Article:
The prospective Russia-U.S. treaty begins by recalling the principles enshrined in the founding Charter of the United Nations, including the “inadmissibility of the threat or use of force” and “strict compliance with the principle of non-interference in the internal affairs.”

It also calls on Washington and Moscow to develop better mechanisms “to settle emerging issues and disputes through a constructive dialogue on the basis of mutual respect for and recognition of each other’s security interests and concerns, as well as to elaborate adequate responses to security challenges and threats,” and seeks “to avoid any military confrontation and armed conflict between the Parties,” which it says “could result in the use of nuclear weapons that would have far-reaching consequences.”

Eight articles follow:

Article 1

The Parties shall cooperate on the basis of principles of indivisible, equal and undiminished security and to these ends:

shall not undertake actions nor participate in or support activities that affect the security of the other Party;

shall not implement security measures adopted by each Party individually or in the framework of an international organization, military alliance or coalition that could undermine core security interests of the other Party.

Article 2

The Parties shall seek to ensure that all international organizations, military alliances and coalitions in which at least one of the Parties is taking part adhere to the principles contained in the Charter of the United Nations.

Article 3

The Parties shall not use the territories of other States with a view to preparing or carrying out an armed attack against the other Party or other actions affecting core security interests of the other Party.

Article 4

The United States of America shall undertake to prevent further eastward expansion of the North Atlantic Treaty Organization and deny accession to the Alliance to the States of the former Union of Soviet Socialist Republics.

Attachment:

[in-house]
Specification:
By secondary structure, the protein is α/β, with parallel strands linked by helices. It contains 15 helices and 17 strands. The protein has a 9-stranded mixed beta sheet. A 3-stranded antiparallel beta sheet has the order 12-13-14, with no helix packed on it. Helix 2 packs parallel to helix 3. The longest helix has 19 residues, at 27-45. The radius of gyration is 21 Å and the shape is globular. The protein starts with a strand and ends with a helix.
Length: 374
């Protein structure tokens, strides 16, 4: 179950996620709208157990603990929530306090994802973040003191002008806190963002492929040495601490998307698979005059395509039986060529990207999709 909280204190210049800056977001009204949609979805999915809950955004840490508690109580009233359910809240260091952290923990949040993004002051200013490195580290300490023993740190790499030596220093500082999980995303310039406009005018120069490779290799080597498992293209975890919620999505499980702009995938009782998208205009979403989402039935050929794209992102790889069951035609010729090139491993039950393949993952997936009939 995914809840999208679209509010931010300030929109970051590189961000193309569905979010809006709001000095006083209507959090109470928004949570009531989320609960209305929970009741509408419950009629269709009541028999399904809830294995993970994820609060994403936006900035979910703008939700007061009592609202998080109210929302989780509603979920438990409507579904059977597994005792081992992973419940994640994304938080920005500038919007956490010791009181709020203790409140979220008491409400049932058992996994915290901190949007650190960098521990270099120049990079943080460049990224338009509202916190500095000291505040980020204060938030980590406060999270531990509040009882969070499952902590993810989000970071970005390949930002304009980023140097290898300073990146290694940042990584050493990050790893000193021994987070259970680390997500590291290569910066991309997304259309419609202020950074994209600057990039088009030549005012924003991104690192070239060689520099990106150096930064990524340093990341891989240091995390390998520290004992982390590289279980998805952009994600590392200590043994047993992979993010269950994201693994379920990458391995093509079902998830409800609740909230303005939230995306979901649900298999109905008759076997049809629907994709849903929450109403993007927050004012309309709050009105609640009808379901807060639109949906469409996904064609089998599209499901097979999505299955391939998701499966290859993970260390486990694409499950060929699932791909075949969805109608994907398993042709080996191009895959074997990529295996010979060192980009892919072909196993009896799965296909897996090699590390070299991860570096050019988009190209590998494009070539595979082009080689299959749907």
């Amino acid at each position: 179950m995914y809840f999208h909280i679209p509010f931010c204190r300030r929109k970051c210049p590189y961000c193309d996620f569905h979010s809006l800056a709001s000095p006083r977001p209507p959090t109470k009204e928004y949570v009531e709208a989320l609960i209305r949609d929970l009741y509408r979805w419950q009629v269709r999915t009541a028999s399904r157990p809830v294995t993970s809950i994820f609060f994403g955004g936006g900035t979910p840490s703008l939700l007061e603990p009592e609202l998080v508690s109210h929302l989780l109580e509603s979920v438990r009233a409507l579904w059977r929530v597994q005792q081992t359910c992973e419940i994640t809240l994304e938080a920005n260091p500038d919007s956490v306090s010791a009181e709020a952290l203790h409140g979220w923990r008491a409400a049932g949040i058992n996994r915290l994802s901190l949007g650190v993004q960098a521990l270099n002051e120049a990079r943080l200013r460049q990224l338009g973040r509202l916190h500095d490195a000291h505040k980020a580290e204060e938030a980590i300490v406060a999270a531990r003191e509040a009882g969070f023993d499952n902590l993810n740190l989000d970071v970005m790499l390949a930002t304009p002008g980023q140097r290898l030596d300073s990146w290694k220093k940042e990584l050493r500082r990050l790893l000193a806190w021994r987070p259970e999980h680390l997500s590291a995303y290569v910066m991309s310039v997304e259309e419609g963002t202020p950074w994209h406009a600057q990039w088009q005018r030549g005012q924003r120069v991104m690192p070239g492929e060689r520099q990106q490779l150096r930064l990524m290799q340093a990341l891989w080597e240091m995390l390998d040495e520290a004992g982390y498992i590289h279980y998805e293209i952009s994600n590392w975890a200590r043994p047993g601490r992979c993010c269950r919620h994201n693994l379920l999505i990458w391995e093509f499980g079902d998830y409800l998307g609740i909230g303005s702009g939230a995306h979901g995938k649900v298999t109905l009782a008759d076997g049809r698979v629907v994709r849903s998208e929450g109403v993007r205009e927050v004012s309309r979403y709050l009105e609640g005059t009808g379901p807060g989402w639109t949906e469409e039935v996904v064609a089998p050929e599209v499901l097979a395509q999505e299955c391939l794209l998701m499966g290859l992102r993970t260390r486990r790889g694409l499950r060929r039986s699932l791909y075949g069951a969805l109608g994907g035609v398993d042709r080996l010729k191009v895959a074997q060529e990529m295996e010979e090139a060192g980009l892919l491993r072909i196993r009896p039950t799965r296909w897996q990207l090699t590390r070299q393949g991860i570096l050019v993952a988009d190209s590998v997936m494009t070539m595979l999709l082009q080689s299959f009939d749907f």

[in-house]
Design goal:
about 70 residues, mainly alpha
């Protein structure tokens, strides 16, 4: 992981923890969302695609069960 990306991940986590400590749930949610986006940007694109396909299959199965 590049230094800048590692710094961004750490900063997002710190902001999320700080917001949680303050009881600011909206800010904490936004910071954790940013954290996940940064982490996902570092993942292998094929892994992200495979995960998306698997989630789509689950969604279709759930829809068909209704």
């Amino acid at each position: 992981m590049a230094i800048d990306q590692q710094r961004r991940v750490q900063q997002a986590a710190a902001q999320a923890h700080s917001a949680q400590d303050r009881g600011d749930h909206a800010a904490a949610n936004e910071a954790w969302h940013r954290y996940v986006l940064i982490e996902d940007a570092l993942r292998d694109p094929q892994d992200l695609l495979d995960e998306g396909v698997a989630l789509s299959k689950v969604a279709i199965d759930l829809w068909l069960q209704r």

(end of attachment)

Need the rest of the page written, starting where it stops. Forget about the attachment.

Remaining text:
The United States of America shall not establish military bases in the territory of the States of the former Union of Soviet Socialist Republics that are not members of the North Atlantic Treaty Organization, use their infrastructure for any military activities or develop bilateral military cooperation with them.

Article 5

The Parties shall refrain from deploying their armed forces and armaments, including in the framework of international organizations, military alliances or coalitions, in the areas where such deployment could be perceived by the other Party as a threat to its national security, with the exception of such deployment within the national territories of the Parties.

The Parties shall refrain from flying heavy bombers equipped for nuclear or non-nuclear armaments or deploying surface warships of any type, including in the framework of international organizations, military alliances or coalitions, in the areas outside national airspace and national territorial waters respectively, from where they can attack targets in the territory of the other Party.

The Parties shall maintain dialogue and cooperate to improve mechanisms to prevent dangerous military activities on and over the high seas, including agreeing on the maximum approach distance between warships and aircraft.

Article 6

The Parties shall undertake not to deploy ground-launched intermediate-range and shorter-range missiles outside their national territories, as well as in the areas of their national territories, from which such weapons can attack targets in the national territory of the other Party.

Article 7

The Parties shall refrain from deploying nuclear weapons outside their national territories and return such weapons already deployed outside their national territories at the time of the entry into force of the Treaty to their national territories. The Parties shall eliminate all existing infrastructure for deployment of nuclear weapons outside their national territories.

The Parties shall not train military and civilian personnel from non-nuclear countries to use nuclear weapons. The Parties shall not conduct exercises or training for general-purpose forces, that include scenarios involving the use of nuclear weapons.

Article 8